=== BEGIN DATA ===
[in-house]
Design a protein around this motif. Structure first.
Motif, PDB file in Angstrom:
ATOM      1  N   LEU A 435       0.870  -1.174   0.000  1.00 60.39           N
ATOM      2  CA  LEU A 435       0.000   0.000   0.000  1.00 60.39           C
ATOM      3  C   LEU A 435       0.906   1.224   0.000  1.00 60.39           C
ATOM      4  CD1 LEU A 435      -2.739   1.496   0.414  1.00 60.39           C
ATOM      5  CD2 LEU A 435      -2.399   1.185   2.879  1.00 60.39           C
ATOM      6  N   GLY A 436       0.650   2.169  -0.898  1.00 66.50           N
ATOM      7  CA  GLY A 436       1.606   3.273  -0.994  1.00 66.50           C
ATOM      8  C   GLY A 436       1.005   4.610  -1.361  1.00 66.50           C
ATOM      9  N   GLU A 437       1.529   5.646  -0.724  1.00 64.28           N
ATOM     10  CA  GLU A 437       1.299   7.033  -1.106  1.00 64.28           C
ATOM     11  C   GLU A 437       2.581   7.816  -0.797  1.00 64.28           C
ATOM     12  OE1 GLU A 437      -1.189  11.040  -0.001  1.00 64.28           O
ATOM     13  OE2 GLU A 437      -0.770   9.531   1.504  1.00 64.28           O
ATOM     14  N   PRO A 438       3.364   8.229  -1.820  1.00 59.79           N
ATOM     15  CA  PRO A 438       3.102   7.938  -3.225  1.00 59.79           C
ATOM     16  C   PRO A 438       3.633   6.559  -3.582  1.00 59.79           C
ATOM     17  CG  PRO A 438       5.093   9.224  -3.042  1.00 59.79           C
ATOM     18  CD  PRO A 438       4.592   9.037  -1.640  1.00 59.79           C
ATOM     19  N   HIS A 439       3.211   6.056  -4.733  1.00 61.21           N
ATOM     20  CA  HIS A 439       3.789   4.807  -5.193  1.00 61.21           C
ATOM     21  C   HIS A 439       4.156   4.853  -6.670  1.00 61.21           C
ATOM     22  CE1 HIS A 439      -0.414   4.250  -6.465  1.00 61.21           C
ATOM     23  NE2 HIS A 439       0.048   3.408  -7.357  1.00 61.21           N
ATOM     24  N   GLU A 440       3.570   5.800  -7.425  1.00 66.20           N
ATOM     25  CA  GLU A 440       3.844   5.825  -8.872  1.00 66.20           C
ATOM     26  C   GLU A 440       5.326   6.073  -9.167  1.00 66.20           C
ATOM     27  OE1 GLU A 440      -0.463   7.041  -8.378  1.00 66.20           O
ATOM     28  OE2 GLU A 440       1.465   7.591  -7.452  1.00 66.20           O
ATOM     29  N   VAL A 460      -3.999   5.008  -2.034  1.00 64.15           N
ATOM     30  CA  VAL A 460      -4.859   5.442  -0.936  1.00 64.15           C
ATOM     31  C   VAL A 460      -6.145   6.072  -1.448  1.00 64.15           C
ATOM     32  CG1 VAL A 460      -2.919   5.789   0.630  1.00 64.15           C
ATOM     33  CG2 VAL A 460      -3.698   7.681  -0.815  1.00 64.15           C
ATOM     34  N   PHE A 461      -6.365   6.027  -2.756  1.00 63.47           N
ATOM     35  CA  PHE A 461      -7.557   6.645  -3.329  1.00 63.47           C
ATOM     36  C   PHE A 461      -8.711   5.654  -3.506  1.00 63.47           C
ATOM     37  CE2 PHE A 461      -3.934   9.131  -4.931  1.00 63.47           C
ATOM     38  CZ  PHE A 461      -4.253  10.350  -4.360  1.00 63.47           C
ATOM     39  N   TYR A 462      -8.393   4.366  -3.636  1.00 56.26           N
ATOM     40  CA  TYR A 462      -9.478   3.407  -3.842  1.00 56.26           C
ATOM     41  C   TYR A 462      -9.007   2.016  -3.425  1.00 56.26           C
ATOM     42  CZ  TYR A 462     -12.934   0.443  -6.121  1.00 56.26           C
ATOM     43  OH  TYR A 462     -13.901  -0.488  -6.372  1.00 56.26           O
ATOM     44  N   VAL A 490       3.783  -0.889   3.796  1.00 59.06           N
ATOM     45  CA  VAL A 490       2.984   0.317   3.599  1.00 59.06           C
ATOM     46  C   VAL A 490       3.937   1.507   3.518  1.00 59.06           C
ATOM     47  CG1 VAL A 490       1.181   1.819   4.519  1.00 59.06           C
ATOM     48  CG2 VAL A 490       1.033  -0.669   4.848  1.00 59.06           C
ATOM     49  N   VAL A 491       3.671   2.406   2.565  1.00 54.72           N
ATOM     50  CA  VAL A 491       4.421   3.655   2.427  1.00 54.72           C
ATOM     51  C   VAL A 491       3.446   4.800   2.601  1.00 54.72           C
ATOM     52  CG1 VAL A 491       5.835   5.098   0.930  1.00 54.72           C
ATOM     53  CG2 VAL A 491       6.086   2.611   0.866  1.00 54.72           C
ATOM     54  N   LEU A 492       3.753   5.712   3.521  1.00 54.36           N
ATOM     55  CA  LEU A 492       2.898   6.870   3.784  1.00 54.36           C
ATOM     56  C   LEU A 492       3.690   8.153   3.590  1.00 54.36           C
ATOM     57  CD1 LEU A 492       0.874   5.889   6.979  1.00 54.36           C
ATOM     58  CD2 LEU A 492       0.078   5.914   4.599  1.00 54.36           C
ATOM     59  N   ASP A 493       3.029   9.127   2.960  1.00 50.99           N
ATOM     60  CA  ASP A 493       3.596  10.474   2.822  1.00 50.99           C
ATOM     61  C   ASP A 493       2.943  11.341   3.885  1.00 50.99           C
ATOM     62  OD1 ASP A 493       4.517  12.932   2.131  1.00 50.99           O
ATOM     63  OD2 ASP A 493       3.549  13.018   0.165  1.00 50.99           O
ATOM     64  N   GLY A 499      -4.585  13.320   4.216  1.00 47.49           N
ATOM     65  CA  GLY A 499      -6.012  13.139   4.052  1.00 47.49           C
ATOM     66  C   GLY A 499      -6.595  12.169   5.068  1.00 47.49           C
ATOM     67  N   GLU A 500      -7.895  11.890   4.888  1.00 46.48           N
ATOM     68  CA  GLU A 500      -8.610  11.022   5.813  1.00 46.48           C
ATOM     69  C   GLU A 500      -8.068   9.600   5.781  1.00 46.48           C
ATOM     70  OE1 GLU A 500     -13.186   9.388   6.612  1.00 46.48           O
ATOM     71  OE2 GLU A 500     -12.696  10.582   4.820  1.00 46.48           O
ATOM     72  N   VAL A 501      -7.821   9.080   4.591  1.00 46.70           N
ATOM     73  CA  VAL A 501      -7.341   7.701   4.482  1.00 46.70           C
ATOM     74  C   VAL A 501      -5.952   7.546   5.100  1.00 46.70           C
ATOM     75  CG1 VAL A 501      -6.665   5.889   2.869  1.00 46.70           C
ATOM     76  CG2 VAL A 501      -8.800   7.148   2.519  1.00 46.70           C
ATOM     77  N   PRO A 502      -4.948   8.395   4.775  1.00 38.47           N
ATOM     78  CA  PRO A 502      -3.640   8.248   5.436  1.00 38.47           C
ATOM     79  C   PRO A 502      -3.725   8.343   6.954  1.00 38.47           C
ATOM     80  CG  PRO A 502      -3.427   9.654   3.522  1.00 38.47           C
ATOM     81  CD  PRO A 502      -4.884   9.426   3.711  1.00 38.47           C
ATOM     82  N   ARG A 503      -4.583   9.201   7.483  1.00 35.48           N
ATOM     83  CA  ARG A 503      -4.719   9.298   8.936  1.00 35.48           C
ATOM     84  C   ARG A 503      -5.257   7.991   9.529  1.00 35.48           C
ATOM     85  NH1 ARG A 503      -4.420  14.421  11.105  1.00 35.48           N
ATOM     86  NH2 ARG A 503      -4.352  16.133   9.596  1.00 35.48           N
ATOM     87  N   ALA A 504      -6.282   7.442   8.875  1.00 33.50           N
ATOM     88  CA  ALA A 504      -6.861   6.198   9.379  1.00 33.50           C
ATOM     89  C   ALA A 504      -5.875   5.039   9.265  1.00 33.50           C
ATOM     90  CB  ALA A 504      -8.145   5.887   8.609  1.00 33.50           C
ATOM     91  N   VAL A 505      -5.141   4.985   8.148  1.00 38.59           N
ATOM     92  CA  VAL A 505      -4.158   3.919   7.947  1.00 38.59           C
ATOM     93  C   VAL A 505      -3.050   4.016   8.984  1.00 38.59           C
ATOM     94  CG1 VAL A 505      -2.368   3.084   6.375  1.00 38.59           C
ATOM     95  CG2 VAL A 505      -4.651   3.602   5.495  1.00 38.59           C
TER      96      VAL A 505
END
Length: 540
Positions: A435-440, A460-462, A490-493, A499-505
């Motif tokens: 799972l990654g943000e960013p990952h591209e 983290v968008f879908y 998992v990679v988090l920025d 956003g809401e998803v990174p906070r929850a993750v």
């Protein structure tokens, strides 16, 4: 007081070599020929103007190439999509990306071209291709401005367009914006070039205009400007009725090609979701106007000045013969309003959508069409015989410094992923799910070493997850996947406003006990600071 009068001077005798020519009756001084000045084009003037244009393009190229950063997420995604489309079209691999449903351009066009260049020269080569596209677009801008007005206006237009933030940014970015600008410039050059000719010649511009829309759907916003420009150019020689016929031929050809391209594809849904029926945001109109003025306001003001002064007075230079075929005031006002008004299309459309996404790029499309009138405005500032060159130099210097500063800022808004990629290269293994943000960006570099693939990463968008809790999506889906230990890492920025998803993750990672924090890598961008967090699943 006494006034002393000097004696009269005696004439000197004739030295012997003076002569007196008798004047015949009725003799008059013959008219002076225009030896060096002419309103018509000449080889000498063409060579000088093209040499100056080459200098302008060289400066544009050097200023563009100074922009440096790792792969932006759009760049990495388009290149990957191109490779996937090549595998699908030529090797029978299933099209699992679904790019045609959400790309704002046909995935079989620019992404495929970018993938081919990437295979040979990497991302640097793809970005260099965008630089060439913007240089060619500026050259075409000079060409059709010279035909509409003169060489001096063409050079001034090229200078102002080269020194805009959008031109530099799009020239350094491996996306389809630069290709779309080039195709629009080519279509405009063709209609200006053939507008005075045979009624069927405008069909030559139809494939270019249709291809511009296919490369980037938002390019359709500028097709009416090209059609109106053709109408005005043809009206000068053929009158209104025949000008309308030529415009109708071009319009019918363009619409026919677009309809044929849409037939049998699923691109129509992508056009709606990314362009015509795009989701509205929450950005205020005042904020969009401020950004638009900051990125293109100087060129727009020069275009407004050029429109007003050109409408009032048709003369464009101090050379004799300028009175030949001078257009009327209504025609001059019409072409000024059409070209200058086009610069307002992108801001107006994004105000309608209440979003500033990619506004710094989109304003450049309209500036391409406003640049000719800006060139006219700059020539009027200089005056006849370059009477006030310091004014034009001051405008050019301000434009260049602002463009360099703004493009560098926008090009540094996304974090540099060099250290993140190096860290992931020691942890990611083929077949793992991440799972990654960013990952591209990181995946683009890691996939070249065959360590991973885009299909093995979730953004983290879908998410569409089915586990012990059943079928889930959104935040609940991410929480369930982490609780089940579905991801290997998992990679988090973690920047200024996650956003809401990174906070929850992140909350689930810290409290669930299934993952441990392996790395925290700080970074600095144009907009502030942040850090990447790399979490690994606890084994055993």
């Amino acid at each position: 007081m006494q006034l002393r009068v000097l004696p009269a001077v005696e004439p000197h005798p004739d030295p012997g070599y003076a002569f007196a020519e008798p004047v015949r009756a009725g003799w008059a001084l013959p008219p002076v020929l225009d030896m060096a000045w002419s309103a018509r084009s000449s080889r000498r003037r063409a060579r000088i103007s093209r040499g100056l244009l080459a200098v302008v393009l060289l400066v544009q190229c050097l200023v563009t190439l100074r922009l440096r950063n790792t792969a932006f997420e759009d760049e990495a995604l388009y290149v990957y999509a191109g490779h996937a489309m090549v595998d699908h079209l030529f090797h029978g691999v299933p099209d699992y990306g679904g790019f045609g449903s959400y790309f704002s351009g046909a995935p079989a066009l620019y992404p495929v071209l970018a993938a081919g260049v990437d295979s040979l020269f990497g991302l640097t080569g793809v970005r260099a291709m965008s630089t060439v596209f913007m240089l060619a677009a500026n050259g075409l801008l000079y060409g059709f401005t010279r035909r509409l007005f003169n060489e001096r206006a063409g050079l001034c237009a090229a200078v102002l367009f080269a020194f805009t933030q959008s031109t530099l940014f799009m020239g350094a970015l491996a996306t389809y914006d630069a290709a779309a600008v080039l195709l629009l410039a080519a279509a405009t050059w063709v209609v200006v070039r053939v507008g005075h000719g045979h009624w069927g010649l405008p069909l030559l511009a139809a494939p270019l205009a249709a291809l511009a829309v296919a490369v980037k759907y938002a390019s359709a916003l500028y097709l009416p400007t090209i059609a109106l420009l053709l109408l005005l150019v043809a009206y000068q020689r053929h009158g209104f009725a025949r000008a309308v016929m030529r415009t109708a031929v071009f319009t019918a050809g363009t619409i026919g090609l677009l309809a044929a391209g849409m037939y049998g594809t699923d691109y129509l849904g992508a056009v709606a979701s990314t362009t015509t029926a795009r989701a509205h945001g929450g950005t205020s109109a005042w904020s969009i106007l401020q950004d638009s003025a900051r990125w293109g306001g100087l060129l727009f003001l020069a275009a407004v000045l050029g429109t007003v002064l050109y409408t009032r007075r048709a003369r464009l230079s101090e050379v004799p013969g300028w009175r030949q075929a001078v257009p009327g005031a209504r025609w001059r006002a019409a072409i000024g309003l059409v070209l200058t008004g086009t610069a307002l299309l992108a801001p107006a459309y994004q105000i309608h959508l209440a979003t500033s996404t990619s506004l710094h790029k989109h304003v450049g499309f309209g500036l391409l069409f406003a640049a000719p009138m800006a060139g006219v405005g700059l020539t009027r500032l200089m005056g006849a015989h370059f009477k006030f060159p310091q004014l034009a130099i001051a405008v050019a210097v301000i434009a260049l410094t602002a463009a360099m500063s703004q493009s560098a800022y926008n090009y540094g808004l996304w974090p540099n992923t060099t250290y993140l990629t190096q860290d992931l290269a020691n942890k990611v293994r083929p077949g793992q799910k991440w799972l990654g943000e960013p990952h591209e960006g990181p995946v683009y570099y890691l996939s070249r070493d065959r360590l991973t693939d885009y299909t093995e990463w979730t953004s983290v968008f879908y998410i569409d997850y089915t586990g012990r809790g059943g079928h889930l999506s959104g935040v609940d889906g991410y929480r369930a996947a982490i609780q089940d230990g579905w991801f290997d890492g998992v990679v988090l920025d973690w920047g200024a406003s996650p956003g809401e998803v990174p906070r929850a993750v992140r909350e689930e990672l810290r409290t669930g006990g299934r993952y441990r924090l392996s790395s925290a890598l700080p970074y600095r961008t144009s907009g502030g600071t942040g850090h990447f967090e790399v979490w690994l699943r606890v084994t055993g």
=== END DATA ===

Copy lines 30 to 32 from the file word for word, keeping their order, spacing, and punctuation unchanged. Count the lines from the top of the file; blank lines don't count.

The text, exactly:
ATOM     27  OE1 GLU A 440      -0.463   7.041  -8.378  1.00 66.20           O
ATOM     28  OE2 GLU A 440       1.465   7.591  -7.452  1.00 66.20           O
ATOM     29  N   VAL A 460      -3.999   5.008  -2.034  1.00 64.15           N